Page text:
It is probably true that Wim Wenders will always be remembered for his incandescent and touching German-language film Wings of Desire, and we were reminded of this fact recently upon hearing of the death of its luminous star, Bruno Ganz.
However, Wenders made movies in the United States that are part of our popular film heritage, including his big winner Paris, Texas, a grand road movie filmed all over Texas, and the triumphant documentary Buena Vista Social Club (filmed in Havana, New York City, and Amsterdam for PBS). And he made The End of Violence in Los Angeles, tackling a mosaic of characters and plots and using his unmistakable story-telling style to craft a surreal speculation on the future in the land of smog and make-believe.
The director offers this synopsis of his film:
The film is a metaphor for an industry for which the depiction of violence has become a major product. Now the city is scared of the spirits it summoned. LA is now trying to protect itself in every perceivable way from that which simultaneously drives it so powerfully.
The End of Violence centers on two male protagonists. They are opposite sides of the same intellectual coin. One is a powerful, driven, and, according to his fans, exciting film director, played by Bill Pullman, who spends his days wheeling and dealing with the latest technology by his pool–and ignoring his wife. The other is Gabriel Byrne’s character, a NASA scientist ensconced in an astronomy tower with eerie blue-lit interiors, far above the LA hills. He is working on a secret project and he is just now discovering exactly what this project means.
And so our dichotomy is set. Art and science. The unreal and the real. Stories and facts.
The dichotomy deepens. Mike, the director, is a calculating man, but he is also full of ideas and energy. He ignores his wife and, when he is not ignoring her, enjoys causing her psychological pain. He manipulates, demands, and cajoles to get his way–and when all of these strategies fail, he threatens. Ray, the NASA nerd, is quiet, thoughtful, smart. When confronted with human tragedy in the form of the woman who cleans his workspace, he reacts with empathy and concern. He is obviously worried about his ailing father and brings him pizza, talking to him in humorous asides as though everything is normal, even when we realize his dad’s mind is not always there. These two opposites, Mike and Ray, will connect, if only virtually, because one recognizes the other as an ally.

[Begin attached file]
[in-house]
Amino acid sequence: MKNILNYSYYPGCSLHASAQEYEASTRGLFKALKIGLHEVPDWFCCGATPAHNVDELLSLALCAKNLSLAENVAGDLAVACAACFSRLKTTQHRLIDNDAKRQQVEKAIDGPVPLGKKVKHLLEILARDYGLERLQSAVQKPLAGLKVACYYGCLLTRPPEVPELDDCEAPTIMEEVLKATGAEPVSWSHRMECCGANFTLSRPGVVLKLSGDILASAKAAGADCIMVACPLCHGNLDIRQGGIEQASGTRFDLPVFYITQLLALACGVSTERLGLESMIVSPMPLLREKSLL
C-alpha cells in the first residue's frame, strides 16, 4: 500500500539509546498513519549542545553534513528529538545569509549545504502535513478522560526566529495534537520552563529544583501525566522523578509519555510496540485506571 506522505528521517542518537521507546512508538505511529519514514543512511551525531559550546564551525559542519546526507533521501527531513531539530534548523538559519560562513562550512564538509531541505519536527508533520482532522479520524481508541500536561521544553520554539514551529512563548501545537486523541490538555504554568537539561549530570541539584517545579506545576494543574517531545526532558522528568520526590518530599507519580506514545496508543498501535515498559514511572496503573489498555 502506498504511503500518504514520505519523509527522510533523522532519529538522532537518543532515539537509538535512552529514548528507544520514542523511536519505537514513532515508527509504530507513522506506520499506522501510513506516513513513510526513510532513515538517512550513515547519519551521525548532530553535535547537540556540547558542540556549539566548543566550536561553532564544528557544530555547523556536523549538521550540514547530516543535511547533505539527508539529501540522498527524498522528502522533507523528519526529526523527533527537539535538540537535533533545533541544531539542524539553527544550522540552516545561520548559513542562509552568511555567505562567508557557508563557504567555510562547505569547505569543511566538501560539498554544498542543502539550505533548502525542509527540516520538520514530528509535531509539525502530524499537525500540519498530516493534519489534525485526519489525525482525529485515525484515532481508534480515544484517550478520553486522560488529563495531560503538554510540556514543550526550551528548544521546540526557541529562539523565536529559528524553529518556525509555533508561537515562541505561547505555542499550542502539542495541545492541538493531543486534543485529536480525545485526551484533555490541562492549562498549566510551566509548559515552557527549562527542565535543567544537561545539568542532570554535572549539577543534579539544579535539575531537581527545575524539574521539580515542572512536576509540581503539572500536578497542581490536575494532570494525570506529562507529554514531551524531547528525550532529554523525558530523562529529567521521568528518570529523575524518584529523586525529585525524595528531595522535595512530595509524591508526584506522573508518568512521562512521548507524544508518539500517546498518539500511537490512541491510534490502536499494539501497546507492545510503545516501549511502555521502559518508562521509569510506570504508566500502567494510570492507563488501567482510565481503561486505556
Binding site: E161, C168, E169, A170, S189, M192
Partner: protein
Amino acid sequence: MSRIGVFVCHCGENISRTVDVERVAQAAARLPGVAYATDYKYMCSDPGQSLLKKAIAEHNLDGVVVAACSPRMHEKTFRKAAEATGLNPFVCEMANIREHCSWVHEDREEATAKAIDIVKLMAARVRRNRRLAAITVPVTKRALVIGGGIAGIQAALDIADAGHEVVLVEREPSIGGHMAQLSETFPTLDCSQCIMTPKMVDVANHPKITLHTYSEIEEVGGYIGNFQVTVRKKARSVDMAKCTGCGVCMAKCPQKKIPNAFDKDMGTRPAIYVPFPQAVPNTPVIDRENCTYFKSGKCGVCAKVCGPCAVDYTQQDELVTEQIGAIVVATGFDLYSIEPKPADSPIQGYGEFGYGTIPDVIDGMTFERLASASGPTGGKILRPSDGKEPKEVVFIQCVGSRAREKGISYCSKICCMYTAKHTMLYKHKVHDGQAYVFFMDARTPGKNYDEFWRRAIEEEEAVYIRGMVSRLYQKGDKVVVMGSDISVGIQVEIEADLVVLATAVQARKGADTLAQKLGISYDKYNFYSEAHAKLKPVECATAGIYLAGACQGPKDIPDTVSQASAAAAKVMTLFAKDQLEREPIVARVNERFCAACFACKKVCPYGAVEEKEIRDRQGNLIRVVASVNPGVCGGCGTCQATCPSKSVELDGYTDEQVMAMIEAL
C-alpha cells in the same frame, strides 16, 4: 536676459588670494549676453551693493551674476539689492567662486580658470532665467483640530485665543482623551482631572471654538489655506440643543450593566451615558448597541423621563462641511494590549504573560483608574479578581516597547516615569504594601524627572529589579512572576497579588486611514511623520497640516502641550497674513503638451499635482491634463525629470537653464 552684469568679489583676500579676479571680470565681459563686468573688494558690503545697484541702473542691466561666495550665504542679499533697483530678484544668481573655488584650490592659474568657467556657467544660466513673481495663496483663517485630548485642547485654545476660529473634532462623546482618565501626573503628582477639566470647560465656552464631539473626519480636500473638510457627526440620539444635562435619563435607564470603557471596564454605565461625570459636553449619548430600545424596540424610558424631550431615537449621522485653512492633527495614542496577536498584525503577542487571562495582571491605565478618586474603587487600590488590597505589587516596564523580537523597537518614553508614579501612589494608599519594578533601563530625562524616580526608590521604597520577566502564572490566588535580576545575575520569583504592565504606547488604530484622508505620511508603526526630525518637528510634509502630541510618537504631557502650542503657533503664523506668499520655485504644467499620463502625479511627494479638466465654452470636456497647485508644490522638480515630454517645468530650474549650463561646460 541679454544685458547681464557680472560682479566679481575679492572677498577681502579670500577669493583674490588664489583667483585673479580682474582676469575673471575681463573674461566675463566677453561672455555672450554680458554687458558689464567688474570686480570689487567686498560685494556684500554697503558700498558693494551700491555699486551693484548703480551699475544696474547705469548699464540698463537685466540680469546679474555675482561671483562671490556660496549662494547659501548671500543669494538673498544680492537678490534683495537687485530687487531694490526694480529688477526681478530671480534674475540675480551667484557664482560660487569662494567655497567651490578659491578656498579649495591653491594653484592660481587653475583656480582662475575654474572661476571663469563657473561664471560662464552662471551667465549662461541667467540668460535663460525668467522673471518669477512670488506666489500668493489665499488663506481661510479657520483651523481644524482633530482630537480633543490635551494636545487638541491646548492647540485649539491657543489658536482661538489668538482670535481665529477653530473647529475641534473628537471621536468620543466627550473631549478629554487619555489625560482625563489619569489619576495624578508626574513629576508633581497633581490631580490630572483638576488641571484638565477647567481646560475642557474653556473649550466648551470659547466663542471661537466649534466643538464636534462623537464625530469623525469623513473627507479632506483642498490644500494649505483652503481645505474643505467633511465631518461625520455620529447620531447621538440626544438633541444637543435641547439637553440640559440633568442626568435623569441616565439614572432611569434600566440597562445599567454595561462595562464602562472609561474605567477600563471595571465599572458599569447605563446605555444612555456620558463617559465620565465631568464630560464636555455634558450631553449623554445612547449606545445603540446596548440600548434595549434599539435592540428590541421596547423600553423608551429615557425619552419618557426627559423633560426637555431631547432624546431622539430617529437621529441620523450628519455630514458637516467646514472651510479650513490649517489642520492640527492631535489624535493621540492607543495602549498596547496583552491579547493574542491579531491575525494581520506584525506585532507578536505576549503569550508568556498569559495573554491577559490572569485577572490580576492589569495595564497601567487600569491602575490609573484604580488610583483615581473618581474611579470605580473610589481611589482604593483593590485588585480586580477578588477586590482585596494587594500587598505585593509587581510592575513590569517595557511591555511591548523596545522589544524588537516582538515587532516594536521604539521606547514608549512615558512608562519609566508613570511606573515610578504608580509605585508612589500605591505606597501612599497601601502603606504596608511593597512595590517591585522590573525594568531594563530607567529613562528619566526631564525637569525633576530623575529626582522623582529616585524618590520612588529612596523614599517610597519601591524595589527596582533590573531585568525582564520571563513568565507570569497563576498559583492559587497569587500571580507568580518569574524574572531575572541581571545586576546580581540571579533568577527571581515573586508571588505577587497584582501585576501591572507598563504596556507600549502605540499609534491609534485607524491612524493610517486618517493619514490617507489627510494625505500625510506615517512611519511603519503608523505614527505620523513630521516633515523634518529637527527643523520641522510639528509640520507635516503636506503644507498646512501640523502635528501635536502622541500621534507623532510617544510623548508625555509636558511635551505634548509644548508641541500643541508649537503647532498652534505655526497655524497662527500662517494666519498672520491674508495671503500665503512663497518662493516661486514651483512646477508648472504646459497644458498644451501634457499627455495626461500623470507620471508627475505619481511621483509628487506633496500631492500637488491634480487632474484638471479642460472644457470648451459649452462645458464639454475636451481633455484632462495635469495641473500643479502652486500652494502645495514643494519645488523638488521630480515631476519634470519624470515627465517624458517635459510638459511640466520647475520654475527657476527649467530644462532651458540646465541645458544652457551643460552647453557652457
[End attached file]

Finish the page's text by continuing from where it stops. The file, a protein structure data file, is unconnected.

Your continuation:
Around this dichotomy swirls a storm of action, an array of LA characters, and the constantly beating drum of the central mystery, with the whirring sound of surveillance cameras just off in the distance.
Gabriel Byrne talks about working with Wim Wenders in a brief promotional interview. He observes:
European cinema, as personified by somebody like Wim Wenders, is about the telling of the story certainly. It’s also about the exploration of ideas. And it’s also about the connection between imagery and narrative. That’s why it’s very exciting to watch him frame a shot, for example. To watch how a slight shift of the camera can turn a very mundane scene into something slightly surreal…
The End of Violence did not receive very positive reviews when it was first released. Stephen Holden, writing for The New York Times, seems to have been the critic most impressed with it, calling it “Wim Wenders’s brilliant puzzle of a film” and noting that it possessed “…the dark, paranoid mood of a film that artfully crunches together more intriguing speculation about technology, communications and the effects of mass media than a hundred science fiction fantasies.” It seems likely that Wenders was exploring these themes in a way for which viewers were unprepared. A film before its time, perhaps. As Gabriel notes, the connection between imagery and narrative is so important in this film–and that connection is also fractured, complex, and challenging. Surreal, one might say. Recent reviews on social media note that some were just not ready for this story and its story-teller, and the time to appreciate both may have finally arrived.
No matter. The End of Violence stands on its own, of its time and outside it, a musing on the nature of privacy and autonomy, a meditation on the power of creativity and the danger those creations can pose, an ode to Los Angeles and its iconic places. It also issued a warning note about violence and the prisons of the future, both real and imaginary, that went unheeded. The question that dances at its center–Can art change things or does it simply reflect them?–is an ancient one. As Holden observes, Wim Wenders seems “confident of art’s transformative power.” And that is a very good reason to watch this film and to think about its stories.
The Mega Movie Page for The End of Violence offers insights and details about the film, including the official trailer, posters and promotional images, lots of screencaps, videos, interviews with the director, songs from the soundtrack, reviews, and much more.
This film is a good example of Gabriel Byrne’s willingness to commit to challenging projects with directors who like to cut the edge. In turn, he challenges us to become part of the story and to engage with its ideas–and that is a good example of “the transformative power of art.” Enjoy! heart